A lack of vaccine-production capabilities in Canada means the United States, Britain, Germany and other countries could have some of their citizens inoculated against COVID-19 before Canadians start to get shots, Prime Minister Justin Trudeau said Tuesday.
“One of the things to remember is Canada no longer has any domestic production capacity for vaccines,” Trudeau said during his COVID-19 news conference outside his home in Ottawa.
“We used to have it decades ago, but we no longer have it. countries like the United States, Germany and the U.K. do have domestic pharmaceutical facilities, which is why they’re obviously going to prioritize helping their citizens first.”
Throughout the news conference, the Prime Minister noted several times Canada does not have domestic capacity to mass produce a vaccine. Other countries may get vaccines first because pharmaceutical companies will prioritize citizens in the country they are based. #cdnpoli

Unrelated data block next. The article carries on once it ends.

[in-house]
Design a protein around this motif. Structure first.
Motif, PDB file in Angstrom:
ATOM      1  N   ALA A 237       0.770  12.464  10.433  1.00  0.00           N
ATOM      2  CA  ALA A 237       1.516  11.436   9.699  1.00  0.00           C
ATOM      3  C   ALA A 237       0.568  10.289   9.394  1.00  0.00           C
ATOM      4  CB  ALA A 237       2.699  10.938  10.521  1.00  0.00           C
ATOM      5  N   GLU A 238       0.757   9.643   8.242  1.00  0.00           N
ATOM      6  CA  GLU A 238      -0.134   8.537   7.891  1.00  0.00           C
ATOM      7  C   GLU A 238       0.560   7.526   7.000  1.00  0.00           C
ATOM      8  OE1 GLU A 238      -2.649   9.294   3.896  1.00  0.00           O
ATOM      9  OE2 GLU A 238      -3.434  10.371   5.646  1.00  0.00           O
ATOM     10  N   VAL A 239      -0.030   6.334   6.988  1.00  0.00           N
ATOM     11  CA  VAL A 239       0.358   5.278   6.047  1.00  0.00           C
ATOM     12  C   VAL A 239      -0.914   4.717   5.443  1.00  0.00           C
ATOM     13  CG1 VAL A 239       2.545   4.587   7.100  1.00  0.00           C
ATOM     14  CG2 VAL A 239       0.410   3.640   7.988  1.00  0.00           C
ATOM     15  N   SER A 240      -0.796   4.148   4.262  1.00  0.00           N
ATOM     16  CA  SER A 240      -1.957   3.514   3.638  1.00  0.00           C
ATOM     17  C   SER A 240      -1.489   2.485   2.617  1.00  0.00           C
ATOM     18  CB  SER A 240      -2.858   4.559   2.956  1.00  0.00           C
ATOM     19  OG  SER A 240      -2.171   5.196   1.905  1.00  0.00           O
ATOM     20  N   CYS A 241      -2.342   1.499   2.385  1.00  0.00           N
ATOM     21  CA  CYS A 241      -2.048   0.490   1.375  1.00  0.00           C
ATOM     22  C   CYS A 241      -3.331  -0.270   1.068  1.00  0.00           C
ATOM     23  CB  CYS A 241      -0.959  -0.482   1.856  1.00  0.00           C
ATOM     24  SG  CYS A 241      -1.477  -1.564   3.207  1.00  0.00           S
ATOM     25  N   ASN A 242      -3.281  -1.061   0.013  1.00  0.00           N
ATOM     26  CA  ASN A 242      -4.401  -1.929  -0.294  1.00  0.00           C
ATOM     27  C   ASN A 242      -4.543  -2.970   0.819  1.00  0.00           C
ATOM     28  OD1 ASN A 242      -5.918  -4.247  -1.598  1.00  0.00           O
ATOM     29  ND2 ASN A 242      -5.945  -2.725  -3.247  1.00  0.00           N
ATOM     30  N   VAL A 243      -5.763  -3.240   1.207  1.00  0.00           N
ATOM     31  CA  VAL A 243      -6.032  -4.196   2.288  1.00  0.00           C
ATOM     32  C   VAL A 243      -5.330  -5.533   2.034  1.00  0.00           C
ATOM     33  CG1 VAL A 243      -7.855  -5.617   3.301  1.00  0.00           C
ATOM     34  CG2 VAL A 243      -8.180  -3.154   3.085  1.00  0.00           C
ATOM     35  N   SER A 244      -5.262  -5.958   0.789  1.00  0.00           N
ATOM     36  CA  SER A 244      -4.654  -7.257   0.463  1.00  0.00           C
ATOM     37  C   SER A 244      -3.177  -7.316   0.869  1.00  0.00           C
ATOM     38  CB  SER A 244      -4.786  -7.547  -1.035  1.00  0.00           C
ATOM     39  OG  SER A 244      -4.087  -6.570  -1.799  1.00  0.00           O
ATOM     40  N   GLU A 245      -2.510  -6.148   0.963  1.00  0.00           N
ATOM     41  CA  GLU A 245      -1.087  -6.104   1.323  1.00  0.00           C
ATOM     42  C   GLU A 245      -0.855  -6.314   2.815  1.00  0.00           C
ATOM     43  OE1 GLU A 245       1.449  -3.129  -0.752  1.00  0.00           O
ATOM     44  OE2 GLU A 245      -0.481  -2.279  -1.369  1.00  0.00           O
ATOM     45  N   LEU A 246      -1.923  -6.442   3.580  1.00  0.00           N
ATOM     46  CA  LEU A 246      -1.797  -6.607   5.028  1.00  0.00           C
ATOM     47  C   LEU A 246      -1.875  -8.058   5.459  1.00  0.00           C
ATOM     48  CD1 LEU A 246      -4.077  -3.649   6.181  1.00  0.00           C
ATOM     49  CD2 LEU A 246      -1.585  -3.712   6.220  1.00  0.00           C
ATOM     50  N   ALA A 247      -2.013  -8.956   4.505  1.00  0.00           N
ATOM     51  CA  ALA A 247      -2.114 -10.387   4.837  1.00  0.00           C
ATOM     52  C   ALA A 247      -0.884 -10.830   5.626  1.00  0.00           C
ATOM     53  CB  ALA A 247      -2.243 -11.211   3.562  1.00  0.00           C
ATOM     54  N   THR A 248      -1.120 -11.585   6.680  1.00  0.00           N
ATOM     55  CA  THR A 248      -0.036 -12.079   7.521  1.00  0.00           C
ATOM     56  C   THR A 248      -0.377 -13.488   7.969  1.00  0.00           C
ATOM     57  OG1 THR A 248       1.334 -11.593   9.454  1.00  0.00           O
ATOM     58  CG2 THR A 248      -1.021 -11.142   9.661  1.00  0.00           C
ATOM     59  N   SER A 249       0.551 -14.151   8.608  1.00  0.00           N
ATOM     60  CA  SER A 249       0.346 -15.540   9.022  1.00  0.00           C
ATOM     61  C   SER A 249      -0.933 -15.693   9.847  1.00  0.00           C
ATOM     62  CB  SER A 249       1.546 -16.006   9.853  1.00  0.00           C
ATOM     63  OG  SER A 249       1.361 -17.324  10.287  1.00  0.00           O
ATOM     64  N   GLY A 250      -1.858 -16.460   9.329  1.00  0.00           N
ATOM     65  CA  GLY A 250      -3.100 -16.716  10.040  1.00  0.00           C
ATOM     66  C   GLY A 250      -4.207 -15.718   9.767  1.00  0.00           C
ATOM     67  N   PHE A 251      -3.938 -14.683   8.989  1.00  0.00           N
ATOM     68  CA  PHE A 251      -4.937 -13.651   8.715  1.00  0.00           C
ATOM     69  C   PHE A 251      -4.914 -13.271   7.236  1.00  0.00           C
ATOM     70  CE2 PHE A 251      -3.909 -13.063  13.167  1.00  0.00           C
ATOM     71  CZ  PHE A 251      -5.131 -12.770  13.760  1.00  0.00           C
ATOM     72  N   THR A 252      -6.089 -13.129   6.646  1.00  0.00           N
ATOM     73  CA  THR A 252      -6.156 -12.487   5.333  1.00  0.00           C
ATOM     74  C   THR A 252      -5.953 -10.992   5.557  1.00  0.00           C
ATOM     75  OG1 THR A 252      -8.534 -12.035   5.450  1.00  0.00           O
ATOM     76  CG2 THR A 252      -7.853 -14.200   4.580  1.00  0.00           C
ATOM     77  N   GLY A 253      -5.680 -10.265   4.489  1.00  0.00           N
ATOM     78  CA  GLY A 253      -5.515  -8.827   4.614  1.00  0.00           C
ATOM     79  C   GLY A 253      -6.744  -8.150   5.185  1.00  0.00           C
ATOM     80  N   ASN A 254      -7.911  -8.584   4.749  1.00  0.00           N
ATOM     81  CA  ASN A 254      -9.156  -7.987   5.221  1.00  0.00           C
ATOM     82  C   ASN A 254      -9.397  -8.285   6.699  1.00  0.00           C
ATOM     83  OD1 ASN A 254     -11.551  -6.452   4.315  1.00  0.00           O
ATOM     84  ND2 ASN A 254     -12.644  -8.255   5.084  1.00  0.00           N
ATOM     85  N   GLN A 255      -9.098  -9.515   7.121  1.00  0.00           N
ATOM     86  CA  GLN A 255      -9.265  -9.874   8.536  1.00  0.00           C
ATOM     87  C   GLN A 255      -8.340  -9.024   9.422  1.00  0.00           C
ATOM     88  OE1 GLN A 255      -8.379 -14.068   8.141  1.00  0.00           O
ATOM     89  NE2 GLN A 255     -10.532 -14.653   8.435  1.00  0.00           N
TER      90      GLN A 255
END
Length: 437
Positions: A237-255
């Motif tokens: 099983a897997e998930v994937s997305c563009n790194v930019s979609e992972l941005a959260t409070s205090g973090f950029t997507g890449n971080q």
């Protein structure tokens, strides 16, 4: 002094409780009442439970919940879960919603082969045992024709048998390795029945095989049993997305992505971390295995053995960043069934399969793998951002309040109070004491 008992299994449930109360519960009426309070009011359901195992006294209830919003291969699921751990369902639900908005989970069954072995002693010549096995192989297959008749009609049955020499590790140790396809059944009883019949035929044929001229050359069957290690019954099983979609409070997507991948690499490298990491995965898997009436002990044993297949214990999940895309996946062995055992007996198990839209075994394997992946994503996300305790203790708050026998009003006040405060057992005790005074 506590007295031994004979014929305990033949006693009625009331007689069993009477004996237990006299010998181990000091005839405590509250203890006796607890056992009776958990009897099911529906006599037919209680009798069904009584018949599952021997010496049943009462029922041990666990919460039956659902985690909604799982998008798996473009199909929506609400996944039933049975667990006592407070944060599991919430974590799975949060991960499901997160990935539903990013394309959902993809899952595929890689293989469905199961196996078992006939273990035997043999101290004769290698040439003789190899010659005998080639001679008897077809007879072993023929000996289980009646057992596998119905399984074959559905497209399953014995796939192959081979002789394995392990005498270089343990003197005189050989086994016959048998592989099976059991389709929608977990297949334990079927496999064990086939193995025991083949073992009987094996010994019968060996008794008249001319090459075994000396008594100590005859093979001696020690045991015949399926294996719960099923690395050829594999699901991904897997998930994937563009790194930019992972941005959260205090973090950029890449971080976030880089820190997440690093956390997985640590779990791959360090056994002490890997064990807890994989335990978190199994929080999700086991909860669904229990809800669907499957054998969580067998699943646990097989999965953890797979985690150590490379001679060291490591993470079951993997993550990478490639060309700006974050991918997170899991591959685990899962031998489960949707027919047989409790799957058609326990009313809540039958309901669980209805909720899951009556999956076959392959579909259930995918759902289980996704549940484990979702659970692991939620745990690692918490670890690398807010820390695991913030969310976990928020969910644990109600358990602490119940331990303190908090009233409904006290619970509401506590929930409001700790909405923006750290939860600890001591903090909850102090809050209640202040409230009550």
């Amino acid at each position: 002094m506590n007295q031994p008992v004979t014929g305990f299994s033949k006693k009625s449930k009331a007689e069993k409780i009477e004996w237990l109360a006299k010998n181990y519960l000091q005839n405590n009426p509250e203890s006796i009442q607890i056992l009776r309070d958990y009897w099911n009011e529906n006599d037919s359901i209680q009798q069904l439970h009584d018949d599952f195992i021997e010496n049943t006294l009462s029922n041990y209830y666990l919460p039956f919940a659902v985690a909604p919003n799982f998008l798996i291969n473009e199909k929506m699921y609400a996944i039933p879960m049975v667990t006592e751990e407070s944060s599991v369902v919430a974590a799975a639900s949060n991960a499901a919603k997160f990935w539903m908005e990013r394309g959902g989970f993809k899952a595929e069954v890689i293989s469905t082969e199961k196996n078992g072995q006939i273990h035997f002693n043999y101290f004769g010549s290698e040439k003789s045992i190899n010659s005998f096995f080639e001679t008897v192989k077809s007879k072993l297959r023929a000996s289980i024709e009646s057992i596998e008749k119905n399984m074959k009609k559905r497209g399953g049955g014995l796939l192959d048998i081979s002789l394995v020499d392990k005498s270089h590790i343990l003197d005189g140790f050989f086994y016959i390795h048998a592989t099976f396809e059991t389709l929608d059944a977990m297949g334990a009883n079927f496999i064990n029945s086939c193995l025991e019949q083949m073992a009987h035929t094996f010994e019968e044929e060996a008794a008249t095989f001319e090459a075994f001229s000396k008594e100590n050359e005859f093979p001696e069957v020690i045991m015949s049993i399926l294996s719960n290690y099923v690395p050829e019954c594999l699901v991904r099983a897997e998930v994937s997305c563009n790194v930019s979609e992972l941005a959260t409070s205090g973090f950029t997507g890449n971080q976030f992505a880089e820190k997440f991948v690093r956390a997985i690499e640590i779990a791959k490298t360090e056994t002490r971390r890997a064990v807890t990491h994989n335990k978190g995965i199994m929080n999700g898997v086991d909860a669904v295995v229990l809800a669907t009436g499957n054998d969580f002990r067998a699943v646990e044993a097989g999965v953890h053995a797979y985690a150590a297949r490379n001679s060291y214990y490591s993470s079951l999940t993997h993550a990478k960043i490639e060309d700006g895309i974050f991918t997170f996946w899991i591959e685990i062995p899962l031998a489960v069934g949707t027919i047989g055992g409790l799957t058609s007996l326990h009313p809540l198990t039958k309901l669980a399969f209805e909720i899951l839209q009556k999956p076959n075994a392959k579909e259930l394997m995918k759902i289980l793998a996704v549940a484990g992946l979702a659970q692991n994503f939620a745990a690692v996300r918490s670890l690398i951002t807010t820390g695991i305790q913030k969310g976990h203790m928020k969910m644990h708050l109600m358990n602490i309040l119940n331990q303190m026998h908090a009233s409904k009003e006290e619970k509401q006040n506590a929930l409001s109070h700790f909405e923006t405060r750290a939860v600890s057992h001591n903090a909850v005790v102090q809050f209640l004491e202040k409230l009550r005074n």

— Cormac Mac Sweeney (@cmaconthehill) November 24, 2020
The prime minister nonetheless played down any potential threat to Canadian access to vaccines, noting the federal government has signed orders for millions of doses from a variety of foreign pharmaceutical companies in recent months.
It has also been in talks with other countries to ensure equal access to vaccines for all, Trudeau added, with the expectation that the first doses will start to arrive in Canada in the early months of 2021.
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“We’ve begun to invest once again in ensuring that Canada will have domestic vaccine production capacity because we never want to be caught short again, without the ability to support Canadians directly,” Trudeau said.
“And that will be in place in the coming years. If ever there is another pandemic we will not be caught on the wrong foot again.”
Trudeau said until vaccines are widely available, Canadians need to do everything they can to avoid catching COVID-19.